To his credit, Cuno does suggest that to fully understand this object, we have to account for “a particular imbalance of power at the end of the nineteenth century,” i.e., European imperial dominance of Africa. But the in the narrative he provides – the object was the product of technical skills acquired in the Benin kingdom, which was “a warfaring power” (65), only to be seized when that kingdom lost its confrontation with another empire – he seems more apologist than instructor: if world history is the history of inter-imperial violence, the best we can do is appreciate the way the world’s artistic treasures reflect broken cultural boundaries.
Museums Matter is, despite several important limitations, a useful book. Cuno makes an interesting, if not altogether convincing, argument that we risk undermining the profound good that encyclopedic museums can do in our rush to right the wrongs of European colonialism.
In the end, though, Museums Matter cannot be read uncritically. In a classroom setting it would be ideally paired with some of the critics that Cuno cites, or perhaps others who see ongoing threats to the cultural life of formerly colonized places. As the world continues to deal with the often-tragic legacies of European imperialism, it is important that we identify and hold onto institutions able to offer us better models for relating to those whose views differ from our own. So perhaps Cuno is right. Maybe if we had more encyclopedic museums in cities like Shanghai, Lagos, Nairobi, and Phnom Penh displaying priceless treasures of our shared global heritage, encyclopedic museums’ potential as seedbeds of a global cultural consciousness could be more fully realized. But how would those museums build their collections of the word’s cultural treasures in postcolonial metropolises to demonstrate the power of cultural cosmopolitanism to their booming populations?
This work is in the public domain
Re: In Praise of the Encyclopedic Museum by James Cuno
by Nancy Hanover
(No verified email address)
26 May 2014
James Cuno’s Museums Matter: In Praise of the Encyclopedic Museum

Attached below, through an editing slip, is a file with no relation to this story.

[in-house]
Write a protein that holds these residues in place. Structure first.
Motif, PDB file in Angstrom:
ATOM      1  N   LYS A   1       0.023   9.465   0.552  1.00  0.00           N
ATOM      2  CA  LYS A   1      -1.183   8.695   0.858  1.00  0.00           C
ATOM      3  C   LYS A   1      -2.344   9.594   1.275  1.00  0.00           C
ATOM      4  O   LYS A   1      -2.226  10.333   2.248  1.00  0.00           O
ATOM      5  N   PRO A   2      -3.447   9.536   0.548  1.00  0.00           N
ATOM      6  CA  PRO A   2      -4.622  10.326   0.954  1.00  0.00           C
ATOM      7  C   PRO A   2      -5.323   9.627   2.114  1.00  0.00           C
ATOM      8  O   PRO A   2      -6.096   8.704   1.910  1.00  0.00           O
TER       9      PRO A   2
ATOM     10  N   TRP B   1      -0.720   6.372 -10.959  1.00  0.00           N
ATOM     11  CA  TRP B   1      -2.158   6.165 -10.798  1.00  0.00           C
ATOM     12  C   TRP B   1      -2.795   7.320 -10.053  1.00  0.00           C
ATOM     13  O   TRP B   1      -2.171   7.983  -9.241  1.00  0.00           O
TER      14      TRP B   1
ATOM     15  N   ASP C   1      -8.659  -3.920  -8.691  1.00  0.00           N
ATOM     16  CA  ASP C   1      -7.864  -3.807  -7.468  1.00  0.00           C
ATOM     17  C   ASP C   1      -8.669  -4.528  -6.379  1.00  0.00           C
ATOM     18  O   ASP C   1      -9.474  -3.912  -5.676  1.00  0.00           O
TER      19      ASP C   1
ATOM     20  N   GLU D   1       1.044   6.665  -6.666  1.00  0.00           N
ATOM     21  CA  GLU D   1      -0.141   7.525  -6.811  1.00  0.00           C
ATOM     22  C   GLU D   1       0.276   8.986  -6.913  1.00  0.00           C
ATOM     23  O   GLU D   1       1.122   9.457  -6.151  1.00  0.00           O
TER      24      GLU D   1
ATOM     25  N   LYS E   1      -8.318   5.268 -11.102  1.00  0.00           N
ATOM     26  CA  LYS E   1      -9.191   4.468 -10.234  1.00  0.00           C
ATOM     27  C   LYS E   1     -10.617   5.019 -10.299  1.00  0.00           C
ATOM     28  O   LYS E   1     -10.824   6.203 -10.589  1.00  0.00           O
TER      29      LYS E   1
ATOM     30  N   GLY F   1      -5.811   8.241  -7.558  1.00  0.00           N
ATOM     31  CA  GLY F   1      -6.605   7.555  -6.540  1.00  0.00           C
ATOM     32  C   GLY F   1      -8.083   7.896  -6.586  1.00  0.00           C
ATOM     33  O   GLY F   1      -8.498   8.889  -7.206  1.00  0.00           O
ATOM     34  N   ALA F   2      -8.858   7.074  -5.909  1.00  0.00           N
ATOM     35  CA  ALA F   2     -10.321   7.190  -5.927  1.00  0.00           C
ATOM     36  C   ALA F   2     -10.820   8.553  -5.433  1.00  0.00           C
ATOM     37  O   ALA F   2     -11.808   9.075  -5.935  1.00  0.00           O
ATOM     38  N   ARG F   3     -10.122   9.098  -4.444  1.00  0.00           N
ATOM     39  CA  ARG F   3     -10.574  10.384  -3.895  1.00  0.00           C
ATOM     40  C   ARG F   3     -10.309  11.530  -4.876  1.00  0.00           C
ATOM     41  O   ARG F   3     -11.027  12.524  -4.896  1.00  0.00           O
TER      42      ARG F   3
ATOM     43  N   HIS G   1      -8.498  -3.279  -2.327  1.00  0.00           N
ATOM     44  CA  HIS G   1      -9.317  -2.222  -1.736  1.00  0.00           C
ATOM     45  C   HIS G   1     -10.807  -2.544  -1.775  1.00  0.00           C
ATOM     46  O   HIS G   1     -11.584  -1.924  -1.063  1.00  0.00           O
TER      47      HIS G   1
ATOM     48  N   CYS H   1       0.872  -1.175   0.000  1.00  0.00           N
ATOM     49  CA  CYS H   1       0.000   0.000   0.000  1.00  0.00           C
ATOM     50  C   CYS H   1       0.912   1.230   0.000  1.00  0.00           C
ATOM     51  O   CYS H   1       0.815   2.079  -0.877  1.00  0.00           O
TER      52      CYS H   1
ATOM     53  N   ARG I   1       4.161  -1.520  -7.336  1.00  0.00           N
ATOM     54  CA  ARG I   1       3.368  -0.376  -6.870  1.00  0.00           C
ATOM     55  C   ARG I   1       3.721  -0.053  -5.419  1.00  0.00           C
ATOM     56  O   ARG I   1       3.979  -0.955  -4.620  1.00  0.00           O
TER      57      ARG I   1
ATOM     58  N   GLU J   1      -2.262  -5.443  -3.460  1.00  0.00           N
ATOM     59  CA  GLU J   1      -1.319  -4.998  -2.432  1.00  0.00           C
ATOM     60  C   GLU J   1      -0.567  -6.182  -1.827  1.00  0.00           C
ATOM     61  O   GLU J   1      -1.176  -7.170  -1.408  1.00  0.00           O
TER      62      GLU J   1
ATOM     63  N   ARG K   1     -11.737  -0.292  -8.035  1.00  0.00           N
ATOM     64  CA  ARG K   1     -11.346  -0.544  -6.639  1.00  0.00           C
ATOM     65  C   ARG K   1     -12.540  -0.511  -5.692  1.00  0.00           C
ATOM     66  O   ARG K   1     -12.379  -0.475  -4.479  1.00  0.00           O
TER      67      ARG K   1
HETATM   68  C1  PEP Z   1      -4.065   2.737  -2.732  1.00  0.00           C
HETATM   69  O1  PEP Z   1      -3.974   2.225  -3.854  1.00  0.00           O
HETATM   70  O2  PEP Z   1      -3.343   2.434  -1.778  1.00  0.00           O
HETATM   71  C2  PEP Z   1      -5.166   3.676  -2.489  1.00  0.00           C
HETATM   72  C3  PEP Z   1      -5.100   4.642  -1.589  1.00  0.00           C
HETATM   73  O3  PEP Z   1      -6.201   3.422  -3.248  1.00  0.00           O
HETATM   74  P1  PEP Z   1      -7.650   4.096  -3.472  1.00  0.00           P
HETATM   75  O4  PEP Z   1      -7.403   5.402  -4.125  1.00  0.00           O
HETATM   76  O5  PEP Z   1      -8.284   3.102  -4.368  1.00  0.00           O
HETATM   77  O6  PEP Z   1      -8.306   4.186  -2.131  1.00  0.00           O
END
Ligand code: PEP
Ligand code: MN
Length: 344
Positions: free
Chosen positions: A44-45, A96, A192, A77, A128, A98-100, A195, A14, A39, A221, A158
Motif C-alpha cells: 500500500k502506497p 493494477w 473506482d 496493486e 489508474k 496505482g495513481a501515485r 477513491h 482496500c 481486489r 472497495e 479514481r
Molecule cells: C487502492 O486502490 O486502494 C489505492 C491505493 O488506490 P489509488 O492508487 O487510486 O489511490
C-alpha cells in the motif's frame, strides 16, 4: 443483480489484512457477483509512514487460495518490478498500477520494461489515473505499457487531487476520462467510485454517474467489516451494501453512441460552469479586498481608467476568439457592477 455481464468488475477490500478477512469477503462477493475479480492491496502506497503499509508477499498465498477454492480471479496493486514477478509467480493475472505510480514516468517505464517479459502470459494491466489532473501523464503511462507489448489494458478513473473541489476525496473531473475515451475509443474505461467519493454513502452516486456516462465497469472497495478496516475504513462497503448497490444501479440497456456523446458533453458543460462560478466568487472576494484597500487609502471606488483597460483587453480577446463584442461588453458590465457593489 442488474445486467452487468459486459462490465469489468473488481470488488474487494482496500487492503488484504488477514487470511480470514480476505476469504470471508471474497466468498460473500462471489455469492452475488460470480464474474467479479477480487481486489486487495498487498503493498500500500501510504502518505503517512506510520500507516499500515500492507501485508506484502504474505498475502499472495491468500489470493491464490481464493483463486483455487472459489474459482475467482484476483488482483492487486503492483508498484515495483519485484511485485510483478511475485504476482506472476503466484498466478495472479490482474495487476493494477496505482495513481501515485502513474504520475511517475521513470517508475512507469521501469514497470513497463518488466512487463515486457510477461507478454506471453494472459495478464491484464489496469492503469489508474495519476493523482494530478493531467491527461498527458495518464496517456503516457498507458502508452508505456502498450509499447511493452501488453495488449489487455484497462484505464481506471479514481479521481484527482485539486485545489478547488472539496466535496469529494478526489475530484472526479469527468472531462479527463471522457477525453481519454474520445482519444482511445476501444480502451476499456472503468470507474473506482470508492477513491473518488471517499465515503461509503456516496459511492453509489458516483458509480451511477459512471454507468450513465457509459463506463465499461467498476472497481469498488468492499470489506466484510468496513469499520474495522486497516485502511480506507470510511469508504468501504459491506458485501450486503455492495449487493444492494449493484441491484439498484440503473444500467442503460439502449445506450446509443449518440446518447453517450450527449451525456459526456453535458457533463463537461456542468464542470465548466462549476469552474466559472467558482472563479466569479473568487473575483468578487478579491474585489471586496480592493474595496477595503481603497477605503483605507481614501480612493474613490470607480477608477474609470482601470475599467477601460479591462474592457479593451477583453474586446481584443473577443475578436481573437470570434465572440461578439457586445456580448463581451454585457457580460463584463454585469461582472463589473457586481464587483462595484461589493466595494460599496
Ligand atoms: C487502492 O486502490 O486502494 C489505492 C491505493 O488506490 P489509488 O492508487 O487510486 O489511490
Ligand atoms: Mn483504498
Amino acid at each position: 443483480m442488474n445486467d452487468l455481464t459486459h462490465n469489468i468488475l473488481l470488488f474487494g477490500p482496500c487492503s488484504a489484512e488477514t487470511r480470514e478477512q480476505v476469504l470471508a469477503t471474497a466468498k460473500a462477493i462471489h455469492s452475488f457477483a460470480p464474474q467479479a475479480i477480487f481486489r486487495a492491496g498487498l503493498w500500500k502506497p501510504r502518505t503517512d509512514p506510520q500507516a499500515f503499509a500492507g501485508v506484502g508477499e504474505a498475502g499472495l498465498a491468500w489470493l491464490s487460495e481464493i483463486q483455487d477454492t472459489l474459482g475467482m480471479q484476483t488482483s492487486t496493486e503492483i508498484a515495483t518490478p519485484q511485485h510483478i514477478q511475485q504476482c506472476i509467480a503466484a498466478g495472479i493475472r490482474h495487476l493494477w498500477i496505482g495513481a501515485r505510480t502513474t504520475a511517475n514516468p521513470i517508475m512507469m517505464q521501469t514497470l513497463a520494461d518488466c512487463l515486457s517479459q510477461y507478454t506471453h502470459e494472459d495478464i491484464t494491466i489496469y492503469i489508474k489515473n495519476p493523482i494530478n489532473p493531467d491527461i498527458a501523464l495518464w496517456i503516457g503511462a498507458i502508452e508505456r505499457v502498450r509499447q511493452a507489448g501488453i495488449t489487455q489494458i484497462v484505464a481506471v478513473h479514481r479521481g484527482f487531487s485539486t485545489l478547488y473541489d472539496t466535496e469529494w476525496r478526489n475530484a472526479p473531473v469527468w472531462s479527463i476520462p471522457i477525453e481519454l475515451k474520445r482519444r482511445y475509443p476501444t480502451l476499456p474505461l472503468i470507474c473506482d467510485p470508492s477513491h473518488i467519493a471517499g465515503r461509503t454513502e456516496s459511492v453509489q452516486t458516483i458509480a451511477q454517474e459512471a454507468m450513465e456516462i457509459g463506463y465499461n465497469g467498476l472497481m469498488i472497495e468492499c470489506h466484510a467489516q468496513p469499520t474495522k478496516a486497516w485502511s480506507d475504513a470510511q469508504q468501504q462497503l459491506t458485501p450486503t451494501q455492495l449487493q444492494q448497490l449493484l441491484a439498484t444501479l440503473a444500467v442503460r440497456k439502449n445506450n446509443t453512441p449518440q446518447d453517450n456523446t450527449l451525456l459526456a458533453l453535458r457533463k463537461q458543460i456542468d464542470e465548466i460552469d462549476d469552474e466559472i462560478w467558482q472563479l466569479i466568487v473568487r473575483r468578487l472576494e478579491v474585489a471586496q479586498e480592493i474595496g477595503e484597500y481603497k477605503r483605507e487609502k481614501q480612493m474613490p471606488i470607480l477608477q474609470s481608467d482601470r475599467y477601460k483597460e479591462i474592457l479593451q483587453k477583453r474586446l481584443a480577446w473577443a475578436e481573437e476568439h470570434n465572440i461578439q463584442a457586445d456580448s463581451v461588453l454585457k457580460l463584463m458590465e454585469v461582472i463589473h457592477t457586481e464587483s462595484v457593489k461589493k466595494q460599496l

By Nancy Hanover
12 February 2014
The financial industry is demanding the “monetization” of the world-renowned Detroit Institute of Arts, forcing the hard-pressed museum to relinquish public ownership and ante up $100 million to the bankers in the hope of keeping its collection intact. The government of Portugal is auctioning 85 paintings by Joan Miró to help balance the state budget in the aftermath of the 2008 crash.
In this context, the slim volume Museums Matter: In Praise of the Encyclopedic Museum makes a number of important points.
Author James Cuno is a noted American art historian, the former director of the Harvard Art Museums (1991-2002), the Courtauld Institute (2003-04) and the Art Institute of Chicago (2004-2011), and is now the CEO and president of the J. Paul Getty Trust. The book is based on lectures given at Rice University in Houston in 2009.
Museums Matter speaks to the claim that museums are superfluous to daily life or the rightful sphere only of the upper classes. It makes a passionate case for their essential aesthetic, educational and cultural role in a mass, global society.
Cuno takes special aim, however, at the “left” academic opponents of encyclopedic museums, polemicizing against the postmodern view that museums are nothing more than institutions of ideological control imposing Western and state supremacy.
He argues, instead, that they provide a means to achieve an international, dynamic and cosmopolitan perspective. Further, he reasons, the encyclopedic museum reveals humanity’s collective and universal ability to develop its culture and the fundamentally interconnected character of that culture.
In light of the confluence of financial and ideological attacks on museums, the book is a worthwhile look at history and attitudes.
The huge popularity of major museums is a fact of modern life. Cuno notes that 42 million visitors were recorded in 2009 at the top 100 US museums, two million alone at the Art Institute of Chicago. In fiscal year 2011-12 the Metropolitan Museum of Art shattered its historical attendance record, receiving 6.28 million visits. The Louvre in Paris received 8.9 million. Clearly, museums matter to people in growing numbers and they feel, not coerced, but inspired to visit again and again.
Cuno’s argument bases itself, even more fundamentally, on the essential liberating and democratic idea of museums. Like travel, travel literature and translation, Cuno argues, museums allow visitors to identify with others around the world and evoke a shared sense of being human, having a common history and common future.
Strongly endorsing the Enlightenment approach to inquiry, Cuno sees museums as the repository of a scientific approach to cataloging, classifying and scientifically analyzing the world and human culture. Encyclopedic museums, he affirms, “scrutinize unverified truths and oppose prejudice and superstition, maintain belief in individual agency; hold that all the arts and sciences are connected; and [are] confident in the promise of rigorous, intellectual inquiry to lead to truths about the world for the benefit of human progress.”